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The role of catchment scale and landscape characteristics for runoff generation of boreal streams


Laudon, Hjalmar; Sjöblom, Viktor; Buffam, Ishi; Seibert, Jan; Mörth, Magnus (2007). The role of catchment scale and landscape characteristics for runoff generation of boreal streams. Journal of Hydrology, 344(3-4):198-209.

Abstract

The effect of catchment scale and the influence of landscape characteristics on runoff generation were investigated during snow melt in 15 nested boreal streams within the Krycklan catchment in northern Sweden. We used detailed oxygen-18 analyses of soils from two characteristic landscape types, snow melt samples and water samples from 15 streams with subcatchments ranging in size from 0.03 to 67 km2. The detailed process understanding that was derived from isotopic and hydrometric measurements at a wetland and a forest site, in combination with the stream monitoring, enabled the development of a conceptual framework that could explain the variability in hydrological pathways over a range of catchment scales. While the proportion of new or event water was over 50% in wetland dominated catchments, the event water contribution in forested catchments was between 10% and 30%. The results suggest a large degree of scale-independence of hydrological flow pathways during the snow melt period, controlled by the proportion of wetland and median subcatchment area, across three orders of magnitude in spatial scale. The results from this study highlighted the importance of different runoff generation processes in different landscape elements, an understanding that can be useful in disentangling the temporal dynamics in hydrology and biogeochemistry during snow melt episodes when moving from small headwater streams to catchment outlets.

Abstract

The effect of catchment scale and the influence of landscape characteristics on runoff generation were investigated during snow melt in 15 nested boreal streams within the Krycklan catchment in northern Sweden. We used detailed oxygen-18 analyses of soils from two characteristic landscape types, snow melt samples and water samples from 15 streams with subcatchments ranging in size from 0.03 to 67 km2. The detailed process understanding that was derived from isotopic and hydrometric measurements at a wetland and a forest site, in combination with the stream monitoring, enabled the development of a conceptual framework that could explain the variability in hydrological pathways over a range of catchment scales. While the proportion of new or event water was over 50% in wetland dominated catchments, the event water contribution in forested catchments was between 10% and 30%. The results suggest a large degree of scale-independence of hydrological flow pathways during the snow melt period, controlled by the proportion of wetland and median subcatchment area, across three orders of magnitude in spatial scale. The results from this study highlighted the importance of different runoff generation processes in different landscape elements, an understanding that can be useful in disentangling the temporal dynamics in hydrology and biogeochemistry during snow melt episodes when moving from small headwater streams to catchment outlets.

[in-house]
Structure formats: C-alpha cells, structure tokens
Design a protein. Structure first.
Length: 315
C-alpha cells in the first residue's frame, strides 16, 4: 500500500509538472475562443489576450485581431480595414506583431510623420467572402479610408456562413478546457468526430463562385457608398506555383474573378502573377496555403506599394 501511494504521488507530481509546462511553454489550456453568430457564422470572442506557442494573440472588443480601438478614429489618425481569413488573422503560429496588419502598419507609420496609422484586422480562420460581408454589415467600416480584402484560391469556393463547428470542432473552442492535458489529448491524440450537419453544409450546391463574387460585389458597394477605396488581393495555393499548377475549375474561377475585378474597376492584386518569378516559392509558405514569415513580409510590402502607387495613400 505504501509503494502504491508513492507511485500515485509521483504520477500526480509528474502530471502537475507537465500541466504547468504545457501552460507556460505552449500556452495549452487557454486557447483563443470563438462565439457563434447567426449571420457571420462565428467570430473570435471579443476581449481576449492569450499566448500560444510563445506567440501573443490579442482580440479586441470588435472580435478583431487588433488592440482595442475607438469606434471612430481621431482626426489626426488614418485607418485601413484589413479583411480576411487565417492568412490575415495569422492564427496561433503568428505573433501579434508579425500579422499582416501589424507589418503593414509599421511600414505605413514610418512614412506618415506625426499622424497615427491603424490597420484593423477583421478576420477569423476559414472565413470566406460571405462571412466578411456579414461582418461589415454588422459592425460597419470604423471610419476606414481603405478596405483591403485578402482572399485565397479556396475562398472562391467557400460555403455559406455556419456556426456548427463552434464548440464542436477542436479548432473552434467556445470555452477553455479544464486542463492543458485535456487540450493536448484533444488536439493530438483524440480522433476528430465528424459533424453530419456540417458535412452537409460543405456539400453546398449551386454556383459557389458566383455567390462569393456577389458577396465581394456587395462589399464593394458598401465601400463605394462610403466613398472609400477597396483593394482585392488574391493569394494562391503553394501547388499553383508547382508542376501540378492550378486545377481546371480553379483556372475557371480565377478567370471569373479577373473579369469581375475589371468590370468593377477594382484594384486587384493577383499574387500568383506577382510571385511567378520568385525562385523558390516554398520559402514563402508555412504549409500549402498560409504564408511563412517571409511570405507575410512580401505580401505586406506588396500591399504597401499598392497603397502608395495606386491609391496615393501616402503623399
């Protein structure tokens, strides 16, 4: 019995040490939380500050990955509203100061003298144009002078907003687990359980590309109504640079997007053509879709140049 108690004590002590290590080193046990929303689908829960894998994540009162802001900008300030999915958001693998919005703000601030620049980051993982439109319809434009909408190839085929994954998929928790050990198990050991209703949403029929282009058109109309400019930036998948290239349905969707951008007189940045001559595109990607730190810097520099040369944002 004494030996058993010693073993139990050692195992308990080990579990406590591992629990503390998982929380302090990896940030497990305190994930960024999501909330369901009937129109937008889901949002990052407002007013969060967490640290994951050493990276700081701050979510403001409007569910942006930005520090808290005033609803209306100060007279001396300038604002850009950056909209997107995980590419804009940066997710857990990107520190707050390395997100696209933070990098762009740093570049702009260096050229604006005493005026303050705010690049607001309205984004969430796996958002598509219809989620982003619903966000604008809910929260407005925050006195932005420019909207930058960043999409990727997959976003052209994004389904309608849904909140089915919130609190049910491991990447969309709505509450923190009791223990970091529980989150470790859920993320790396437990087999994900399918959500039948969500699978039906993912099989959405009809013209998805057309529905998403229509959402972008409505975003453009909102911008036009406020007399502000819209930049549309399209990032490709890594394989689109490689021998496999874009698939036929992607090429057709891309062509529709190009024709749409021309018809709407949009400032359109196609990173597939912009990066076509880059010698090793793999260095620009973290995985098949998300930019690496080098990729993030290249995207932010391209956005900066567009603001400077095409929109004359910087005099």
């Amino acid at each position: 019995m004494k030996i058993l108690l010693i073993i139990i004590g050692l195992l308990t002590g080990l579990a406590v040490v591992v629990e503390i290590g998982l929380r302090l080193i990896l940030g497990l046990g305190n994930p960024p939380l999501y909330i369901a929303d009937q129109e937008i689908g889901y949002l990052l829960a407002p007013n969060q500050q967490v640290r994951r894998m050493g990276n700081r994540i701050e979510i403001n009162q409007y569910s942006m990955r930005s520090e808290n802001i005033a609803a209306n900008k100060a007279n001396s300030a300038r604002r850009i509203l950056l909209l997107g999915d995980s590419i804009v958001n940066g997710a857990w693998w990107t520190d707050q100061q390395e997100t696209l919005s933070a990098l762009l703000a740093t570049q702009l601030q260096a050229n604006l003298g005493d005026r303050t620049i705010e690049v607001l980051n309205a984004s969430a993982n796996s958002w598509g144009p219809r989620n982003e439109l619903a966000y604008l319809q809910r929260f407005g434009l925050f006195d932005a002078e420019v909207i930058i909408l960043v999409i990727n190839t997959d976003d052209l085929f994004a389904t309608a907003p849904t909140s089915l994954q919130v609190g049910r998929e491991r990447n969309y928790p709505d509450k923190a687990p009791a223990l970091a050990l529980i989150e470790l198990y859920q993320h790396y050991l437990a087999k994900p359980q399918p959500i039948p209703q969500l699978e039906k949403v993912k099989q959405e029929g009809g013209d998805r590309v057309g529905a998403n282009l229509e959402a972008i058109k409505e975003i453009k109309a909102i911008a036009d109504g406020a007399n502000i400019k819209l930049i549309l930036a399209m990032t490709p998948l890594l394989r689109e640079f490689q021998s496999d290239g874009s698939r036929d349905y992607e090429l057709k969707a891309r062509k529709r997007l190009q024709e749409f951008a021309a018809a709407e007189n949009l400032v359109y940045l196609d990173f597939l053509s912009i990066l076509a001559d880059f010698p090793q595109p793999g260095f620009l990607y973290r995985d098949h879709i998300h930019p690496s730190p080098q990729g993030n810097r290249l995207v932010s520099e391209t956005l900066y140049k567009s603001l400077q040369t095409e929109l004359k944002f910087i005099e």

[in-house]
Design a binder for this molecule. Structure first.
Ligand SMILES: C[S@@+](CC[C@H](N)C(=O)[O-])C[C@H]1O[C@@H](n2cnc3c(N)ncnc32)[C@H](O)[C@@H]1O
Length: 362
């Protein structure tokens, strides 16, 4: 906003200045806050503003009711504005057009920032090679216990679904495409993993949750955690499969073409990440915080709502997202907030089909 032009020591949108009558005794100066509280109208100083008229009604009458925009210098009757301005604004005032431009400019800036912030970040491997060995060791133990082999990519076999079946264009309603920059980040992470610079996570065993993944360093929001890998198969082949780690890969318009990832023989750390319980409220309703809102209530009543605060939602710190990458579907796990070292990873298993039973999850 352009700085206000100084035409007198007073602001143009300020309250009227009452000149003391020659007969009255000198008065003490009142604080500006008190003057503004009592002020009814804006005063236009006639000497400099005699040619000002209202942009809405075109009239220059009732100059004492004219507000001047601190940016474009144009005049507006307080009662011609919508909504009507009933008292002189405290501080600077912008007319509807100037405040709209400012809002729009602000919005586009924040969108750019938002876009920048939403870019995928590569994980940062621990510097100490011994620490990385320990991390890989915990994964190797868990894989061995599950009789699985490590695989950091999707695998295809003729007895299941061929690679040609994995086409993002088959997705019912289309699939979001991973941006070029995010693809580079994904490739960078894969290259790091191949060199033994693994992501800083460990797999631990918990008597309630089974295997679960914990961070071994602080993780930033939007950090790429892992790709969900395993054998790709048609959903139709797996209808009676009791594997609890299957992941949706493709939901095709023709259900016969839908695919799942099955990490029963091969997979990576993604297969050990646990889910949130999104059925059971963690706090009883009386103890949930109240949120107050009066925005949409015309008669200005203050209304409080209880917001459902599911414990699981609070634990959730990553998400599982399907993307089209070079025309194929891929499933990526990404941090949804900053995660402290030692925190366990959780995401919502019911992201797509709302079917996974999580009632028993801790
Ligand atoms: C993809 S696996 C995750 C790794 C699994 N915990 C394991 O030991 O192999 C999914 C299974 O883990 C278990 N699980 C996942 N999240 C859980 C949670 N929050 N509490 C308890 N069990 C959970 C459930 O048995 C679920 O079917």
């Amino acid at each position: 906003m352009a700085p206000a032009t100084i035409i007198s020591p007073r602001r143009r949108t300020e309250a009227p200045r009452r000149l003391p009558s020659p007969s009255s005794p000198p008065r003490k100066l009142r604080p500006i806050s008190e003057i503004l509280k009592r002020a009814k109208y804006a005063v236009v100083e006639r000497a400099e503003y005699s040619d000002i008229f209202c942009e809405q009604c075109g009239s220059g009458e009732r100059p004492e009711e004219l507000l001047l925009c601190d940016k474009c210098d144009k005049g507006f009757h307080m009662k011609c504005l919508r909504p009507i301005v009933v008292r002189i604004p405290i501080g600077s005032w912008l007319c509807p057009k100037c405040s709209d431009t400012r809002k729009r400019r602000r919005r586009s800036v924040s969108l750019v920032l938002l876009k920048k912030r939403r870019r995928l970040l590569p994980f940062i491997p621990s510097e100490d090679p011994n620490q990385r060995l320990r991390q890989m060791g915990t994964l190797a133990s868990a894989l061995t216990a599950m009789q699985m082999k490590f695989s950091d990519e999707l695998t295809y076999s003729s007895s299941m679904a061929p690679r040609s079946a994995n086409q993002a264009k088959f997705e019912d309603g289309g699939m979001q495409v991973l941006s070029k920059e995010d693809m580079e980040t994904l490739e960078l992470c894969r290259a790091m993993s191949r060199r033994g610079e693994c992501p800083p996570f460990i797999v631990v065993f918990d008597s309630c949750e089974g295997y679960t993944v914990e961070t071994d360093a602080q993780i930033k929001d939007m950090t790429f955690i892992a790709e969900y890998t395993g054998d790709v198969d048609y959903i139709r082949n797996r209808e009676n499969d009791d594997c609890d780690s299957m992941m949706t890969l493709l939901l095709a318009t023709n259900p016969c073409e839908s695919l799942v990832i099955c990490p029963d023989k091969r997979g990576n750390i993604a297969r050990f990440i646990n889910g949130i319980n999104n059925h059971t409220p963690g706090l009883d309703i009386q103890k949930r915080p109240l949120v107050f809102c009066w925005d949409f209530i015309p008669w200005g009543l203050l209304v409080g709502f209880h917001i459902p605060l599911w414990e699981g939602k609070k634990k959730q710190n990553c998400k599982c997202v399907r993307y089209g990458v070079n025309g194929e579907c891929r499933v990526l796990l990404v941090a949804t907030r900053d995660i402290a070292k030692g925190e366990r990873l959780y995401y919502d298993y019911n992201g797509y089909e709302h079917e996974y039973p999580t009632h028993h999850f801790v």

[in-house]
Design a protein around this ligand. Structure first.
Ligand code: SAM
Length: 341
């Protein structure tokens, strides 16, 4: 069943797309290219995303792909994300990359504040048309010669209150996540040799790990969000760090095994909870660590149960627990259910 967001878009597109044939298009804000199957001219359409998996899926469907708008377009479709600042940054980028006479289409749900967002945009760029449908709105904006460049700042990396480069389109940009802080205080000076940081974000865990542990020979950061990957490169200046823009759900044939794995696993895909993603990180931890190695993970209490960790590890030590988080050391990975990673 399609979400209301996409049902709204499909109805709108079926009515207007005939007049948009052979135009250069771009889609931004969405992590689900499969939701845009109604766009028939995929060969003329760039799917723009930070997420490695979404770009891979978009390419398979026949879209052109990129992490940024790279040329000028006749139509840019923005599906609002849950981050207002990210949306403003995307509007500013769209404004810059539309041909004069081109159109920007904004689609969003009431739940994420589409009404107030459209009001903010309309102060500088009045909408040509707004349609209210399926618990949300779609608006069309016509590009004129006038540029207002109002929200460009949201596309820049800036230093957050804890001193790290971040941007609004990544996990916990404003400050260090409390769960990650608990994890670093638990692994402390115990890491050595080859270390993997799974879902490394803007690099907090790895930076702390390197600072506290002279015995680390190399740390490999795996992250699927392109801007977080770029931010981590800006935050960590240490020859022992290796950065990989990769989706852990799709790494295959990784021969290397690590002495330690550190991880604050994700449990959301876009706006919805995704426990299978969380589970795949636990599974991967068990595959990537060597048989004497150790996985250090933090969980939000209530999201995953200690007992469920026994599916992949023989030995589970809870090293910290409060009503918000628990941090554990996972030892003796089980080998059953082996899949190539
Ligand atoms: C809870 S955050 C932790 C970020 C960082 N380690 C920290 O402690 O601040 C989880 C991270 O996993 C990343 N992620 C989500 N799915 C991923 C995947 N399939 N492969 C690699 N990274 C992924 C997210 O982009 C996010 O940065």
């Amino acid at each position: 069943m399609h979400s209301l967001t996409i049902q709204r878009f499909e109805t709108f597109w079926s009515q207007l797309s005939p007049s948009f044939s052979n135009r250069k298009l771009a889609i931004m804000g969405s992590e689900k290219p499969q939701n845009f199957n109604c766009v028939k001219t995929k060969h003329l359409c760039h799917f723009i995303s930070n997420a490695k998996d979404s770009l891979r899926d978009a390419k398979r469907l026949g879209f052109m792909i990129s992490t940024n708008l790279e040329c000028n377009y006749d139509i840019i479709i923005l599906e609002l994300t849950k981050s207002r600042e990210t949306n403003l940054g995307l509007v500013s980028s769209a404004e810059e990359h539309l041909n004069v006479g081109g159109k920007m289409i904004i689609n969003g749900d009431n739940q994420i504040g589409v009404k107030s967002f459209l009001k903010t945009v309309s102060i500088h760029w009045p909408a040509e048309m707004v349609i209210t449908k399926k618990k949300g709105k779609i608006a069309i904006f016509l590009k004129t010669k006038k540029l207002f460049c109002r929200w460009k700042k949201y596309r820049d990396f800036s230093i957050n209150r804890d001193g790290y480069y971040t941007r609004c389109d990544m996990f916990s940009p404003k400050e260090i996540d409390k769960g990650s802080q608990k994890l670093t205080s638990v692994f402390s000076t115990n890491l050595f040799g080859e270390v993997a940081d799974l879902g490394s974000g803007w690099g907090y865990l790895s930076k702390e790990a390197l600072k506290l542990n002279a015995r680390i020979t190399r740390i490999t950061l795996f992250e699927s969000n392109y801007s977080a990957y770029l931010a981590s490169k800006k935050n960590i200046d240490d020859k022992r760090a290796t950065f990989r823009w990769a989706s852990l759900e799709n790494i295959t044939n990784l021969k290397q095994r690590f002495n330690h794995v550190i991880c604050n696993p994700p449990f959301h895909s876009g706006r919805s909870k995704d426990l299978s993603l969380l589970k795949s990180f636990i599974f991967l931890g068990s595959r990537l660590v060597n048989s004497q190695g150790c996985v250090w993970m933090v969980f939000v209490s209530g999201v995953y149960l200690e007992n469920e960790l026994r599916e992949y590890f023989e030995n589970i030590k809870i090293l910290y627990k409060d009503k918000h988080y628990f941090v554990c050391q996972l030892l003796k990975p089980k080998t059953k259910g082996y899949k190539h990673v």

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Additional indexing

Item Type:Journal Article, refereed, original work
Communities & Collections:07 Faculty of Science > Institute of Geography
Dewey Decimal Classification:910 Geography & travel
Language:English
Date:2007
Deposited On:31 Jan 2013 17:20
Last Modified:07 Dec 2017 19:08
Publisher:Elsevier
ISSN:0022-1694
Publisher DOI:https://doi.org/10.1016/j.jhydrol.2007.07.010

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